Mom resisted the demands for the extinction of The Coalwood News until I wrote about a lady who fell down in the creek and got her behind pinched by a big, mad crawl-dad. I especially liked the way I described the little dance she did, crow-hopping up on the creek bank and spinning around like a top. It was that story that went beyond even my mom's liberal attitude toward the press since the lady doing the crow-hopping was Elsie Lavender Hickam, my mother herself. My First Amendment rights in Coalwood were completely and utterly suspended for the remainder of time or the extinction of the universe, whichever came last. But I kept observing the attitudes of my people and learning from them. I still do.
The Coalwood I write about was the town I knew growing up, from my birth in 1943 until I left to go into the army in 1966. I was part of a generation who benefited from the earned wisdom of a great people who inspired their children to also be great. As a Coalwood boy, I came to understand at a very early age that God had determined that there was no joy greater than hard work, and he made no water holier than the sweat off one's brow; but I also understood that love is God's gift to us that we might share it, and it is also the ache in our soul if it might be lost. The people of Coalwood faced each day the dangers of the coal mine and the isolation of the mountains. To survive and to have a good life demanded living in a simple and realistic way. There could be no pretending that their world was anything but hard and arduous and often filled with danger. This understanding of the fundamental nature of life resulted in a practical, no-nonsense, yet often humor-filled, approach to living that got them through the worst of times with an almost unnatural resilience and a special kind of fortitude. Over a lifetime, they learned to take on these attitudes:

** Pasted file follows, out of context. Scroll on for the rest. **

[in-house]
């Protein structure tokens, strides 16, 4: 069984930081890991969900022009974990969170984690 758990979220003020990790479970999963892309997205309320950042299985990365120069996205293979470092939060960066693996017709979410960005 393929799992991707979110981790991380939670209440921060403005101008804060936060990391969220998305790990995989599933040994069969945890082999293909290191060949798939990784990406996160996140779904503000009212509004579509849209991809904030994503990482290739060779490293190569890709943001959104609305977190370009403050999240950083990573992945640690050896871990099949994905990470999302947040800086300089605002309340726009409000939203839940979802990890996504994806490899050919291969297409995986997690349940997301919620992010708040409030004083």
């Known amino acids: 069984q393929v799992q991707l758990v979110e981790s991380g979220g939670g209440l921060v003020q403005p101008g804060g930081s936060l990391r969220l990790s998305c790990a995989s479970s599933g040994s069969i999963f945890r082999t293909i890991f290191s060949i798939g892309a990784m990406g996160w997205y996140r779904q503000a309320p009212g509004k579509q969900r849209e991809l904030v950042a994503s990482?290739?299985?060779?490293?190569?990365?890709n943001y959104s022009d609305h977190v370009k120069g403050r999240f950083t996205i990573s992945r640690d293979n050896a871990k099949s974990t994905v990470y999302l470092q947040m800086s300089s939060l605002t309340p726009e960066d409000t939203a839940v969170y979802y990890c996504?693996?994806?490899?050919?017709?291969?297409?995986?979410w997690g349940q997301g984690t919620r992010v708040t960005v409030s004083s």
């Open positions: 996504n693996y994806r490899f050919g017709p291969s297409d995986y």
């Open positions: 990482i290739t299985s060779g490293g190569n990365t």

We are proud of who we are.
We stand up for what we believe.